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ᴘʀᴇᴠɪᴇᴡ: #21045 Trafalgar Square

A photo of the upcoming set was released on Facebook in conjunction with a signing event on April 27.

Now that we have an official photo of the latest addition to the LEGO Architecture series, we can explore what the set has to offer. This is the first of two sets slated for a summer release. (Learn about the upcoming #21046 Empire State Building in our earlier article.)

#21045 Trafalgar Square

#21045 Trafalgar Square

Initial Impressions:

My immediate reaction was not entirely positive. I’m worried that the landscaping, fountains, and Nelsons Column distract from the front facade of the National Gallery. I also noticed strong similarities to the recently discontinued #21029 Buckingham Palace set which also places the building behind a fountain, fence and landscaping.

On closer look, there are some clever building techniques being employed which I look forward to building first hand. I have never seen the half-plate staircase technique used in an official set (it typically uses 1×2 or 1×4 panels in a SNOT configuration.) It looks like 1×2 Technic bricks are used for the front steps, allowing 3L Bar to be used for the columns.

The main building is constructed using the same SNOT techniques used for the Buckingham Palace set. I can’t quite tell what part is being used to achieve a ½ plate lip between the first and second story of the building, but look forward to finding out. I’m curious to see how they approached the sloping driveway which integrates nicely with the rest of the set.

LEGO Architecture pioneer Arthur Gugick’s legacy

Arthur Gugick was killed in a car accident on March 30. He was an early pioneer of intricate fan-made LEGO Architecture creations.

I first learned about his work when I discovered his beautiful re-creation of St Basil’s Cathedral while researching my book. He also built models of Mont-Saint-Michel, the Taj Mahal, and other landmarks.

Arthur Gugick (1960-2019), with his model of St Basil's Cathedral.

Arthur Gugick (1960-2019), with his model of St Basil’s Cathedral.

In addition to LEGO Architecture creations, Arthur made numerous LEGO mosaics, often using printed tiles instead of the more common colored plates or tiles.

The following links highlight his life and legacy:

Summer 2019 LEGO Architecture sets

The summer lineup will include two additions to LEGO Architecture Landmark series.

April 11, 2019: A photo of the upcoming #21045 Trafalgar Square set has been released. Be sure to check it out!

LEGO typically announces their Summer 2019 lineup at the Toy Fair event in Nuremberg, Germany. In last week’s event, they announced two additions to the LEGO Architecture series.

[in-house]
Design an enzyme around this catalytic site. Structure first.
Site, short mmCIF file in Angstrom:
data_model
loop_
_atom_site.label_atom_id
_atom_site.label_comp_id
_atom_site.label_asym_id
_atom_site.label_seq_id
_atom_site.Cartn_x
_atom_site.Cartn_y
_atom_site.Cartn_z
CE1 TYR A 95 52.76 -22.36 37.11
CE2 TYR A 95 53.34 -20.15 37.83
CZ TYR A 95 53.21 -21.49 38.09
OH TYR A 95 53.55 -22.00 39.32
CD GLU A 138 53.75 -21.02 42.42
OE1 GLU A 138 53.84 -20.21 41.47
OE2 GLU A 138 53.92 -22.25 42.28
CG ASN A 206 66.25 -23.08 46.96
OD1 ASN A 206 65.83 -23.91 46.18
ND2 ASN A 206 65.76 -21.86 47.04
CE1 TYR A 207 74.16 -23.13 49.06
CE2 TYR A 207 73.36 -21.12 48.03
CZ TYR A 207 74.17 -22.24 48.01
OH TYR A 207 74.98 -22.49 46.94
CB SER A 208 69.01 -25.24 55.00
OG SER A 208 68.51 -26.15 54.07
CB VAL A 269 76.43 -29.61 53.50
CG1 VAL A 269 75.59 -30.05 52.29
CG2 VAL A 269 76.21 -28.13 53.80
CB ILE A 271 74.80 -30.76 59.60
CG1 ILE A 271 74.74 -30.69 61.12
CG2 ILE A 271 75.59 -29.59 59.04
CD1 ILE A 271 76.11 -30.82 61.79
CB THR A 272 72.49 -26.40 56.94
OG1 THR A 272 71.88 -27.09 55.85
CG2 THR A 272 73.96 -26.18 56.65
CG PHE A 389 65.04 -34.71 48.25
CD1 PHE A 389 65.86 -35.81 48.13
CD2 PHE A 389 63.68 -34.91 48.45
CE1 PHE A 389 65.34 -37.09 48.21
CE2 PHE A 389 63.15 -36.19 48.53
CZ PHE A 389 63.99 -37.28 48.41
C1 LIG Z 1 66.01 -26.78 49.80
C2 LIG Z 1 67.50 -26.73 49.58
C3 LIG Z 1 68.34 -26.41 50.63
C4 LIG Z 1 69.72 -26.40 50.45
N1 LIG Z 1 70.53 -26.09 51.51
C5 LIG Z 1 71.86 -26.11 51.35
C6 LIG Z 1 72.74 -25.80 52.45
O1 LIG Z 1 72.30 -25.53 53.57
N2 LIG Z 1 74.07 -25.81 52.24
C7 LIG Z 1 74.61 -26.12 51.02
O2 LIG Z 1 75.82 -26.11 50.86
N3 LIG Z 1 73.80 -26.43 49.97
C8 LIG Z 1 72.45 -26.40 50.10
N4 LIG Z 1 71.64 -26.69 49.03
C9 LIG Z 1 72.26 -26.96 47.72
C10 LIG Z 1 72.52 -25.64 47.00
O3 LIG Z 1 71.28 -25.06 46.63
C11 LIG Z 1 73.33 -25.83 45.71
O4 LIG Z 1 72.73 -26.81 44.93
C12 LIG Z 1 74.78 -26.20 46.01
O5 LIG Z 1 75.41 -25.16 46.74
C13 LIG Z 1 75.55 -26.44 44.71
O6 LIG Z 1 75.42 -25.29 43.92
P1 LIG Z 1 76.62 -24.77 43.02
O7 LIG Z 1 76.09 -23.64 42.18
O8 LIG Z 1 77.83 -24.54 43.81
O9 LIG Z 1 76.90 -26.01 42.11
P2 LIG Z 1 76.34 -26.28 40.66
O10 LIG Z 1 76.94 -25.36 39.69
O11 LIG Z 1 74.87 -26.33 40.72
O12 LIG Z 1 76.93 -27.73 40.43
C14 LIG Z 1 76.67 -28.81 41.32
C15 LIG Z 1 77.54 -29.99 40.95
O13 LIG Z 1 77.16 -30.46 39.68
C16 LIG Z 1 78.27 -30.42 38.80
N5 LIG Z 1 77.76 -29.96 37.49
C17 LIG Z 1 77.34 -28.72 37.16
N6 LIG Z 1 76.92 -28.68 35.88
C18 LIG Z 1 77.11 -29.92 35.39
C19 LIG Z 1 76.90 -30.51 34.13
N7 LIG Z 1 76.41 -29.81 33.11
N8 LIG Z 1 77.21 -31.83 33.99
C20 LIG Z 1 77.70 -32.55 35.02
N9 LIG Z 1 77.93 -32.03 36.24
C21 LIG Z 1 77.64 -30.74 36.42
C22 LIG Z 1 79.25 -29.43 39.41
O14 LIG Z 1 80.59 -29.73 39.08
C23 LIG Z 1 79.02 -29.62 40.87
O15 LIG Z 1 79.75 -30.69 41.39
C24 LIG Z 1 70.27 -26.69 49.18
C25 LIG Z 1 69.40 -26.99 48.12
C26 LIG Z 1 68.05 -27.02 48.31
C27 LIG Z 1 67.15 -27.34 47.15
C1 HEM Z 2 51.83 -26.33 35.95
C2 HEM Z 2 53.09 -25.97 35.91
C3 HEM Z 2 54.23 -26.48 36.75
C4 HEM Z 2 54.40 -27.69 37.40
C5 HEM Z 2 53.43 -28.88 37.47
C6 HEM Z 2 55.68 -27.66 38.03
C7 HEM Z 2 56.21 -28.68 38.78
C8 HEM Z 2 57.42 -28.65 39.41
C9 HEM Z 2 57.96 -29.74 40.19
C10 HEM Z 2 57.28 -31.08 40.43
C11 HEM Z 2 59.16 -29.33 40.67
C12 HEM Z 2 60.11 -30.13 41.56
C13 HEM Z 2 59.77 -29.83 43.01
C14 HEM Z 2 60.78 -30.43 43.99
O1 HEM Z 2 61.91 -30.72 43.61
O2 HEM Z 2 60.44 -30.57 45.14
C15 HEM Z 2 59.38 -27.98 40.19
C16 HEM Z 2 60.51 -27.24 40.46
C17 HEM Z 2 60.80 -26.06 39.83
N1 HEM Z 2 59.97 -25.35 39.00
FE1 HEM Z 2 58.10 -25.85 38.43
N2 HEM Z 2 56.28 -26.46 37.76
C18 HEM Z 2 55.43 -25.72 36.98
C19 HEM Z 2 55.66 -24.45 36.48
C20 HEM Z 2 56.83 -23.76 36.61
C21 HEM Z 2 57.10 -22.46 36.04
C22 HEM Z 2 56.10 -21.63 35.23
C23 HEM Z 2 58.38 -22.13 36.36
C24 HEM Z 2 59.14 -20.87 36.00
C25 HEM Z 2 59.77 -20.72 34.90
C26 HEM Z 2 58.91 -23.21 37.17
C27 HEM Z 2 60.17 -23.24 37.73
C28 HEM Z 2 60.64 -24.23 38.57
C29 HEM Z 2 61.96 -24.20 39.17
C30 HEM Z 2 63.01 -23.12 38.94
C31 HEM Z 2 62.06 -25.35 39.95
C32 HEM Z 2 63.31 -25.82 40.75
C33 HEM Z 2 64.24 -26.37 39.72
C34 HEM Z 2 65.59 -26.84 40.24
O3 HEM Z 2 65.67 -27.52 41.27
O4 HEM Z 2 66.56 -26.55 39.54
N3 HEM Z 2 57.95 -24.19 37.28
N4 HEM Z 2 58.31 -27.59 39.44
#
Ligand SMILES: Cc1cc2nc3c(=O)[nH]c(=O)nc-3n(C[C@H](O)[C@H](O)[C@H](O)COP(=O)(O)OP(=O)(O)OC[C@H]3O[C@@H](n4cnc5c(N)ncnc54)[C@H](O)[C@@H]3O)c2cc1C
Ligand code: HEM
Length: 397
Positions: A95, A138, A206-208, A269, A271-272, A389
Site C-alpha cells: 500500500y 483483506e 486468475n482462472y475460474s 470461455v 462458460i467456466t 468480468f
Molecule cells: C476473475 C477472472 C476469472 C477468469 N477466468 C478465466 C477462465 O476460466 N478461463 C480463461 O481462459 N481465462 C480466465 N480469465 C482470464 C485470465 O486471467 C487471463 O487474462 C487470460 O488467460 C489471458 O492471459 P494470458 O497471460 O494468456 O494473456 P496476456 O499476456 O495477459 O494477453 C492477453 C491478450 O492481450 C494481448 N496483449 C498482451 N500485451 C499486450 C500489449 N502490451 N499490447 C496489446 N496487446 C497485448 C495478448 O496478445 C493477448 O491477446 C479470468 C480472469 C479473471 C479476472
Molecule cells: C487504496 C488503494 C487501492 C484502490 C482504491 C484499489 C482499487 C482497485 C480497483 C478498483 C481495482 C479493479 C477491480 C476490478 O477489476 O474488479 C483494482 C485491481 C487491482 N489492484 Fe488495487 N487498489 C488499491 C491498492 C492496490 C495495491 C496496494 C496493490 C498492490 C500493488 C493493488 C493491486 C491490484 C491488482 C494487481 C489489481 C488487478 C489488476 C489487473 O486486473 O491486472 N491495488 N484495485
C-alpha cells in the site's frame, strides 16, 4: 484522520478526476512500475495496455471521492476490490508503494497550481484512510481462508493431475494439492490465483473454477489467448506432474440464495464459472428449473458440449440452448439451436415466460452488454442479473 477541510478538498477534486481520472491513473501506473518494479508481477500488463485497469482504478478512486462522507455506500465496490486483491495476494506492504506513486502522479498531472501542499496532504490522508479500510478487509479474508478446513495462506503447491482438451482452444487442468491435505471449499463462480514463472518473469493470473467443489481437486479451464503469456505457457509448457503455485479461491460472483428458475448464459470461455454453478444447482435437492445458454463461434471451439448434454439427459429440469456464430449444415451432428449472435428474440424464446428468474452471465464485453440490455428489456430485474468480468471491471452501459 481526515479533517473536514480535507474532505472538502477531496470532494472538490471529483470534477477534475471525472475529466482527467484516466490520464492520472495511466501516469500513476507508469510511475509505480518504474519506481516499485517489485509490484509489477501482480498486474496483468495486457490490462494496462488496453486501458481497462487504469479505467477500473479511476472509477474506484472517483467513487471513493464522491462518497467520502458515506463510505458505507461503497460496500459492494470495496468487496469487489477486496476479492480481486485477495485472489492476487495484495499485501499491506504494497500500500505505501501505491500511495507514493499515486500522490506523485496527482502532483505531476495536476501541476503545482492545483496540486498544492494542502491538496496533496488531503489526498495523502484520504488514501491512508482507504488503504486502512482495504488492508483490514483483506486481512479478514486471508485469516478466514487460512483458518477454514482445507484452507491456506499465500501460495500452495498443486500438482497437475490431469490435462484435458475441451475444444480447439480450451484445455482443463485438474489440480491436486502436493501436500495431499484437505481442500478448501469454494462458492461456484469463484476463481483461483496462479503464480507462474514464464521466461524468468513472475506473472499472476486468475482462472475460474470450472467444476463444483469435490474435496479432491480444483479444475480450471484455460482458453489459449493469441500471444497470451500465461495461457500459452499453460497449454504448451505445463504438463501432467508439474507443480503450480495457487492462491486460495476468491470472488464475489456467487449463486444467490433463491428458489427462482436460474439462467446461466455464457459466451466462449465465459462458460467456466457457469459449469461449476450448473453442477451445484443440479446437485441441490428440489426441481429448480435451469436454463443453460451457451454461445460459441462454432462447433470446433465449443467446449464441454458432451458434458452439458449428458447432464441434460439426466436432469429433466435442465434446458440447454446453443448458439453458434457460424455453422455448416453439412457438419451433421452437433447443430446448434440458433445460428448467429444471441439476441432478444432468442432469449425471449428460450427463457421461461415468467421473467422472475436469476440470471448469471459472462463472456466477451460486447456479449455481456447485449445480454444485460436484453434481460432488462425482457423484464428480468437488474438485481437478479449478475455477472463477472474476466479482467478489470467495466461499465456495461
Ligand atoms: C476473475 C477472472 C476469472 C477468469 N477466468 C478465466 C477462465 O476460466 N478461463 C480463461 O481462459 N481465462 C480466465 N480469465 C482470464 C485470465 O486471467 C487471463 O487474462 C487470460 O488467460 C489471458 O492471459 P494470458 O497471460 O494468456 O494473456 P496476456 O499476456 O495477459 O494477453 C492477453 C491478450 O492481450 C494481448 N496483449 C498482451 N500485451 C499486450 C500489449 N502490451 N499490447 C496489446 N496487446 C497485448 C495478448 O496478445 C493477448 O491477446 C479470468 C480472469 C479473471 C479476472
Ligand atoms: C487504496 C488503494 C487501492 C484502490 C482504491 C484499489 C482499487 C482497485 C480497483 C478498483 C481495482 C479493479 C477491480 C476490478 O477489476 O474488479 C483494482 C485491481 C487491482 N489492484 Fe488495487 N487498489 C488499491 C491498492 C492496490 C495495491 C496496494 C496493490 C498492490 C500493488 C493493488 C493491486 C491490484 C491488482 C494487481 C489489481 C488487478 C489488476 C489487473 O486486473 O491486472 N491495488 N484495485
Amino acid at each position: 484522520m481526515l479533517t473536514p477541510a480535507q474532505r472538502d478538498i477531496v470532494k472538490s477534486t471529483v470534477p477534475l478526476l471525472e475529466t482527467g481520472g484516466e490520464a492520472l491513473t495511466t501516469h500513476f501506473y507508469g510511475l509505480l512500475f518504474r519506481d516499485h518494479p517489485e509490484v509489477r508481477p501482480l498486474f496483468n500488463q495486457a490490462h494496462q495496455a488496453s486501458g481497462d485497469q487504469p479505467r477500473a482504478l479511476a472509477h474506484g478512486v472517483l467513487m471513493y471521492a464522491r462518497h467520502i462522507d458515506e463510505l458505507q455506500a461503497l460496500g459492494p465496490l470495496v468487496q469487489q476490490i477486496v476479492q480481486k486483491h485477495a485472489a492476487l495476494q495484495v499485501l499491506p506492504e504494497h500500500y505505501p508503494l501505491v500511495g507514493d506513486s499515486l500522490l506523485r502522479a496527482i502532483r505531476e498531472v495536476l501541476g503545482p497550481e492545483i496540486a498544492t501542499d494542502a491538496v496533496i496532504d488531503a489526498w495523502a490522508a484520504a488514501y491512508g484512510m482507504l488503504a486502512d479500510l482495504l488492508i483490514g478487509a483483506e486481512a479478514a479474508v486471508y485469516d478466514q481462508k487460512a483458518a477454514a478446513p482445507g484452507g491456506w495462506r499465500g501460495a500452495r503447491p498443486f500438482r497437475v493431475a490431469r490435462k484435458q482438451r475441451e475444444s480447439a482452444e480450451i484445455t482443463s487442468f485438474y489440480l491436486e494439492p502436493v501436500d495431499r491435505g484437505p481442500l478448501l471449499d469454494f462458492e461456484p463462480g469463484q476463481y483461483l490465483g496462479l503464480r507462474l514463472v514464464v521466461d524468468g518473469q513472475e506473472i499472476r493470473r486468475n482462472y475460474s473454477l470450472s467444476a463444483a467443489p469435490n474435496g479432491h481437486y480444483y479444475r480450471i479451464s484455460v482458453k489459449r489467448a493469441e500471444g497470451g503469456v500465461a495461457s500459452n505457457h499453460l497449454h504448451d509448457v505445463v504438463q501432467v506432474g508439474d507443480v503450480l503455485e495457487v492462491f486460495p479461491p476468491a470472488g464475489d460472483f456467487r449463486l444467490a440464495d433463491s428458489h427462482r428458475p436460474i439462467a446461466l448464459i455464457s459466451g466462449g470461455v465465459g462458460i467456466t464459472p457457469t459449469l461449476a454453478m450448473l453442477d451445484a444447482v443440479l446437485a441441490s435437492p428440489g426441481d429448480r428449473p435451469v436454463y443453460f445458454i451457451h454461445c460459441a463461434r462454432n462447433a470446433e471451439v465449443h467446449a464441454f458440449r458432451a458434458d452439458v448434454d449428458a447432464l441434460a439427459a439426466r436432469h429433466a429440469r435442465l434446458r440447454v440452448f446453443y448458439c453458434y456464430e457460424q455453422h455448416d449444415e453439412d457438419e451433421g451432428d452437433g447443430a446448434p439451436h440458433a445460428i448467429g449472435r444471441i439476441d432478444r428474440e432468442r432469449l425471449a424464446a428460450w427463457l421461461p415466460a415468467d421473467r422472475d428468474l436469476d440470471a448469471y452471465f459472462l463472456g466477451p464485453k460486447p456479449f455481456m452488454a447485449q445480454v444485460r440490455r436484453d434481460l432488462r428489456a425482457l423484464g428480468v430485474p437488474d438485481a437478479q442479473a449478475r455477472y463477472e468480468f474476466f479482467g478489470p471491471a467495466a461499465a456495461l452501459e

New Sets:

  • #21045 Trafalgar Square, €79.99
  • #21046 Empire State Building, €99.99
Both the 2009 and 2016 versions of the Empire State Building are around 15 cm (6") tall.

Both the 2009 and 2016 versions of the Empire State Building are around 15 cm (6″) tall.

This marks the third time that the Empire State Building will be featured in the Architecture series, having already appeared in #21002 Empire State Building, and as one of the buildings in #21028 New York City. The new version is described as between 30 and 40cm (over 1 foot) tall, which is significantly larger than either of the earlier versions.

ʀᴇᴠɪᴇᴡ: #40341 Sea Accessories

Last year, LEGO introduced the ‘xtra’ branding for small bags of accessories to add to your LEGO creations. The latest addition to the series has a nautical theme.

The set focuses on items you would find at sea or under the sea, rather than at the beach. It’s perfect for an undersea treasure hunt adventure! The set features four animals: a parrot, a shark, a fish, and a seashell which you can put a 1×1 round plate inside. You also get some nice minifigure accessories including a surfboard, flippers, oar, and harpoon. Lastly, you get two containers: a barrel, and a chest with lid.

#40341 Xtra Sea Accessories

#40341 Xtra Sea Accessories

The set was released on January 1st. It only advertises 24 pieces, and costs $3.99 (£3.99 / 3.99 €). That would have been a price-per-part of $0.16, but the bag contained an extra 8 pieces. That’s enough to build a second harpoon, and a more reasonable $0.12 per part; not too bad for an accessory pack which includes a few rare parts which have only been available in a couple sets.

I did notice that the Parrot (Part 27062 / Element 6178520) is multi-colored, with a unique mix of blue and yellow plastic. The parrot I received had a lot of of yellow, which I didn’t find appealing, because I know that in real life that the blue and yellow macaw (on which this bird is presumably modelled) has a consistent coloring with blue wings and back. (Because the bag is clear, you might be able to look for the perfect parrot in the store before purchasing the set.)

Compared with other LEGO sets, #40341 Sea Accessories deserves a “Good” (3/5 star) rating. It might be exactly what you need for your next LEGO creation.
The LEGO Group provided this set for the purposes of this review. The opinions in this article are strictly my own—providing sets for review does not guarantee a positive review. Photos by Christine Coste. Visit the About page for more info about our journalistic standards and affiliate programs.